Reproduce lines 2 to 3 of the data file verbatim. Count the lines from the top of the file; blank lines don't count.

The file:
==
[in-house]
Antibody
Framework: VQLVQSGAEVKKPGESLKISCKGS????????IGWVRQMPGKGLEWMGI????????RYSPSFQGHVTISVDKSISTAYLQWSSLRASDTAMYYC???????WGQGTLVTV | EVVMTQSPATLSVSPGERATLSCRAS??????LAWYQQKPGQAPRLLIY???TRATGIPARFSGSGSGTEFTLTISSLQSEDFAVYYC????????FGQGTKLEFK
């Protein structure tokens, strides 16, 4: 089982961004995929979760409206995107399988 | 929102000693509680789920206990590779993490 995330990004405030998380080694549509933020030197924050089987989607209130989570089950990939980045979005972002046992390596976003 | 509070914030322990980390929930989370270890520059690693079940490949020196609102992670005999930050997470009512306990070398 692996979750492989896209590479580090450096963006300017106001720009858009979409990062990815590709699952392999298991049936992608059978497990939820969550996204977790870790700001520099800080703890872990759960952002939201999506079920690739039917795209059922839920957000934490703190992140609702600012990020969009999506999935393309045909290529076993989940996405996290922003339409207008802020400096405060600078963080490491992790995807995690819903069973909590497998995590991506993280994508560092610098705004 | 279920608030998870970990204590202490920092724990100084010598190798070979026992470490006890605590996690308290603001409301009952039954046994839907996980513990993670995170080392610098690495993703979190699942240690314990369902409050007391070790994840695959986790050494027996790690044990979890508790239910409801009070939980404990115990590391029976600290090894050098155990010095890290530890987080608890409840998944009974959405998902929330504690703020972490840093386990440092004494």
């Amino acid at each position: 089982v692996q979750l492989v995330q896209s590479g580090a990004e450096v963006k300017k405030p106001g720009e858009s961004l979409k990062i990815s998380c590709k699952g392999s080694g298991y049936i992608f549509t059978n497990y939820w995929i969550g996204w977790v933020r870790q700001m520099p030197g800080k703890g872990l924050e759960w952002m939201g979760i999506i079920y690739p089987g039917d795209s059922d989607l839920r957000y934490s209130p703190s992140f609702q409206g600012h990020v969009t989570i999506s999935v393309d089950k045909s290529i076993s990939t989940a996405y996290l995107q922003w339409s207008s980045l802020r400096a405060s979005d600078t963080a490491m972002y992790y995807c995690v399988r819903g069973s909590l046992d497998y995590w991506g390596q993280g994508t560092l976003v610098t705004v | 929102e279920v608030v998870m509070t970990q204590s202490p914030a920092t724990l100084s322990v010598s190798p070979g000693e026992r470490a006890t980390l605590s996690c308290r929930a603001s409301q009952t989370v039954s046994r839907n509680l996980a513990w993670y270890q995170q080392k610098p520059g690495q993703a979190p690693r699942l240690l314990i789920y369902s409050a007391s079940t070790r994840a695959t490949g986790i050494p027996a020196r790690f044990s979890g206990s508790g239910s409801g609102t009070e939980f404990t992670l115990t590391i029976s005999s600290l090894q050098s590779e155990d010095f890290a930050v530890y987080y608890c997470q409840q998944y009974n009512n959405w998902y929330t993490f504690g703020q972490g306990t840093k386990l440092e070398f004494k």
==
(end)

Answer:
Antibody
Framework: VQLVQSGAEVKKPGESLKISCKGS????????IGWVRQMPGKGLEWMGI????????RYSPSFQGHVTISVDKSISTAYLQWSSLRASDTAMYYC???????WGQGTLVTV | EVVMTQSPATLSVSPGERATLSCRAS??????LAWYQQKPGQAPRLLIY???TRATGIPARFSGSGSGTEFTLTISSLQSEDFAVYYC????????FGQGTKLEFK